All of the examples of energy that were noted above came from somewhere else. The light coming from a light bulb is converted from electrical energy running through a wire. The heat radiating from non-living things around you was absorbed from another source such as sunlight or the heating system of the building. The motion and electrical energy your body has right now comes from the chemical energy inside of your body. The gravitational energy of things around you came from motion energy required to lift the objects. And so on. And recall that each time energy was transferred, work was done.

Good to Know

NASA defines thermodynamics as "the study of the effects of work, heat, and energy on a system." Thermodynamic principles are relevant to many applications, including things as diverse as nanotechnology, health sciences, refrigeration, climatology, manufacturing, space travel, and much, much more. If you are interested, here are some thermodynamic resources: Kahn Academy and Hyperphysics (from Georgia State University).

Of course, this also means that all of the previous forms of energy also came from somewhere else. Where do you think the electricity used to generate the light coming from the screen came from? It almost certainly came from a power plant somewhere. But where does the power plant get its energy from? If you live in the U.S., chances are it came from either coal, natural gas, or nuclear material (about an 80% chance nationally, but it depends on where you live).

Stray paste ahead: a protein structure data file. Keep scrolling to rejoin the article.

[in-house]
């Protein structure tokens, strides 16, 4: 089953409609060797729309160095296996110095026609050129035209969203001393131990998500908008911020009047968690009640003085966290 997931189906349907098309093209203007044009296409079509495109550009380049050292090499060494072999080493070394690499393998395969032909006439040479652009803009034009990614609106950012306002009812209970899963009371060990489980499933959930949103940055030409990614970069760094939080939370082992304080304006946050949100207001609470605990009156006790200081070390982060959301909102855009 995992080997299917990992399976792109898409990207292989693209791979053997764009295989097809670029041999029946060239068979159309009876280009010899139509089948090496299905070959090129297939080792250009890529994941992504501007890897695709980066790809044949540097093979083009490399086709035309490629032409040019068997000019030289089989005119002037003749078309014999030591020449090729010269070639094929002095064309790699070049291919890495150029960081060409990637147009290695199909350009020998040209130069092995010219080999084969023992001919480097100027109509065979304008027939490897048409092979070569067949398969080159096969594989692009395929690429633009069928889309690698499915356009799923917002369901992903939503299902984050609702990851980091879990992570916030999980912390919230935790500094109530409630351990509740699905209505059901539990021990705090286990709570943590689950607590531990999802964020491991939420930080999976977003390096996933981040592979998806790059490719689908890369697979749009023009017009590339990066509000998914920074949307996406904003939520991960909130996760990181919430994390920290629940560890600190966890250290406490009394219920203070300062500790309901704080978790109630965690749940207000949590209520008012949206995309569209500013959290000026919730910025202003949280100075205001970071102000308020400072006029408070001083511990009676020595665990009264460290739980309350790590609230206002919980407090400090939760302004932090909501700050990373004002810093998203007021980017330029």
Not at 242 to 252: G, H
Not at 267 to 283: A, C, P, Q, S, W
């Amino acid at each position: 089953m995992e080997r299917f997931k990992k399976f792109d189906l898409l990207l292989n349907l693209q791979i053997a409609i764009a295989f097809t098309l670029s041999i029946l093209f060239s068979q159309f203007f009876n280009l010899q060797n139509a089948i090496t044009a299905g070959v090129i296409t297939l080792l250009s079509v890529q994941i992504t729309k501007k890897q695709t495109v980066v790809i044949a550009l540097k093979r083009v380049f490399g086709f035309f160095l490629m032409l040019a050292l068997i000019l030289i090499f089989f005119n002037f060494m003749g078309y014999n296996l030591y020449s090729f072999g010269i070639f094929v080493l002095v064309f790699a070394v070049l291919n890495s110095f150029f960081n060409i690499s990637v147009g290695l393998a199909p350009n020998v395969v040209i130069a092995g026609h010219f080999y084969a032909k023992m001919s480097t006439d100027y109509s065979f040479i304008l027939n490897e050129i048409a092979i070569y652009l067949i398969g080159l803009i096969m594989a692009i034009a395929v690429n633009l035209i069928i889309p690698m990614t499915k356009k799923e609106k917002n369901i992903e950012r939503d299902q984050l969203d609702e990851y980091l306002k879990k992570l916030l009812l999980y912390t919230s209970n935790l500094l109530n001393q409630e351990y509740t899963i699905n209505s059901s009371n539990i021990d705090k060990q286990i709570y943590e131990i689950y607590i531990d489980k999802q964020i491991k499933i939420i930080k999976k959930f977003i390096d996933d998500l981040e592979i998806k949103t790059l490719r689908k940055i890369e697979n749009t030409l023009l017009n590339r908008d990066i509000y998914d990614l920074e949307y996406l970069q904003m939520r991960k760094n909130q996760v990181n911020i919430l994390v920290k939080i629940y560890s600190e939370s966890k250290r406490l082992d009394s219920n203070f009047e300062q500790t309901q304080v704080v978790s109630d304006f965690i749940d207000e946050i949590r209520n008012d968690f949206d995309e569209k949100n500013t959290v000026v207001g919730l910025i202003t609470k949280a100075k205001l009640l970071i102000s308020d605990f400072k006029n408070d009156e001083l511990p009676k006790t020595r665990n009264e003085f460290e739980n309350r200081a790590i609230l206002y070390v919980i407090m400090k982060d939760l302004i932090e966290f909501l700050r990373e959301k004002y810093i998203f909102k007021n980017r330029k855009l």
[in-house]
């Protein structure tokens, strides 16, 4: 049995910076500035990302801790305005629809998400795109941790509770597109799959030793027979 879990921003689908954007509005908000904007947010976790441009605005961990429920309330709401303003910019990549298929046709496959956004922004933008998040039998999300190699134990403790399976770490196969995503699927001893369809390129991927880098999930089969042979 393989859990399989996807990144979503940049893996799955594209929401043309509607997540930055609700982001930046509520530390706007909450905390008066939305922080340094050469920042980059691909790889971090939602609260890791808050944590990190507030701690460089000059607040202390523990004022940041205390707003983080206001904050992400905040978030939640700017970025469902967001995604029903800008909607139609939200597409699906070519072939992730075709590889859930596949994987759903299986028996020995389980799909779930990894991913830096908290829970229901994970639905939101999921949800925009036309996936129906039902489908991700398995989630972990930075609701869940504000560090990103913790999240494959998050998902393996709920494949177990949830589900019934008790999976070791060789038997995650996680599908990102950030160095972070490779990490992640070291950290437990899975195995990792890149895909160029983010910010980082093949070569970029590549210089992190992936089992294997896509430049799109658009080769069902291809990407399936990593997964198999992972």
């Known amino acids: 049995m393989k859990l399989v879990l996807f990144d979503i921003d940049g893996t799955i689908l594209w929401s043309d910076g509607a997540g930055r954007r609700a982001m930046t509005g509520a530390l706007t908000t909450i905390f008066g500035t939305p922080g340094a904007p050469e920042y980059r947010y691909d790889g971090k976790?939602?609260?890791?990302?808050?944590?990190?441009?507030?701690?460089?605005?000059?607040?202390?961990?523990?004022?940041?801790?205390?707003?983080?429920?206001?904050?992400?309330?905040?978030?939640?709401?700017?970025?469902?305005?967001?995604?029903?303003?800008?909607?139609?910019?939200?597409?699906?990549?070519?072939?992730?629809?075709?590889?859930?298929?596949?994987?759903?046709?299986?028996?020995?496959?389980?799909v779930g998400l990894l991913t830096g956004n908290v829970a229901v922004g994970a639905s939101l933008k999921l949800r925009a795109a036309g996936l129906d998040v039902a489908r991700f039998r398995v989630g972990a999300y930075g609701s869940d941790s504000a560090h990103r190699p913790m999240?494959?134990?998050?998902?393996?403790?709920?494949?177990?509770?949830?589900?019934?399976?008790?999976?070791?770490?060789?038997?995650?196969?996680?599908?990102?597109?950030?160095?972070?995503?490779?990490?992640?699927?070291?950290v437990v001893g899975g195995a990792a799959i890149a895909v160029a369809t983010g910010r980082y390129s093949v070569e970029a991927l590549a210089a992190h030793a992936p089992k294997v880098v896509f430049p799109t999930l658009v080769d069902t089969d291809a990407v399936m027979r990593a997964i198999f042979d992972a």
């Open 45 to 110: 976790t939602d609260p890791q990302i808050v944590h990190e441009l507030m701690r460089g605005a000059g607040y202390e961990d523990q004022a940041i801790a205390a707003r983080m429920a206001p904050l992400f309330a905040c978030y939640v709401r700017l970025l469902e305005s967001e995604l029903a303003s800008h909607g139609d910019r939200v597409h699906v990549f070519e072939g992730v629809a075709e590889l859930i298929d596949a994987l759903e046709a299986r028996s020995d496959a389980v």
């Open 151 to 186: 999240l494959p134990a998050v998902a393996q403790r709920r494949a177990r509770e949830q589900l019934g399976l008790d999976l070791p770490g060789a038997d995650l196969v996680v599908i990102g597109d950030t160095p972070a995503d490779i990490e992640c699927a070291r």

Let’s assume the electricity in question is from a natural gas-fired power plant. If so, the electricity used to generate the light on the screen you are looking at right now was originally chemical (potential) energy stored in the molecules of natural gas. Note that before it was converted to electricity, it went through a number of conversions, including being burned (thermal and radiant energy), and spinning a turbine (motion energy). But let’s not stop there. Where did the natural gas get its energy? Before we answer this, please read the short readings below.

To Read Now

Knowing where to get reliable information is an important skill to have. If you want U.S. energy data, there is no better source than the U.S. Energy Information Administration (US EIA, or simply EIA). The US EIA is an outstanding source of information, from specific energy use data to general energy information. For the energy geeks among us <raising hand>, there is so much interesting (and reliable) information that hours can be spent perusing, reading, and watching videos. Please read the following pages before moving on. You are, of course, welcome to explore the rest of the website, but at least read the links below: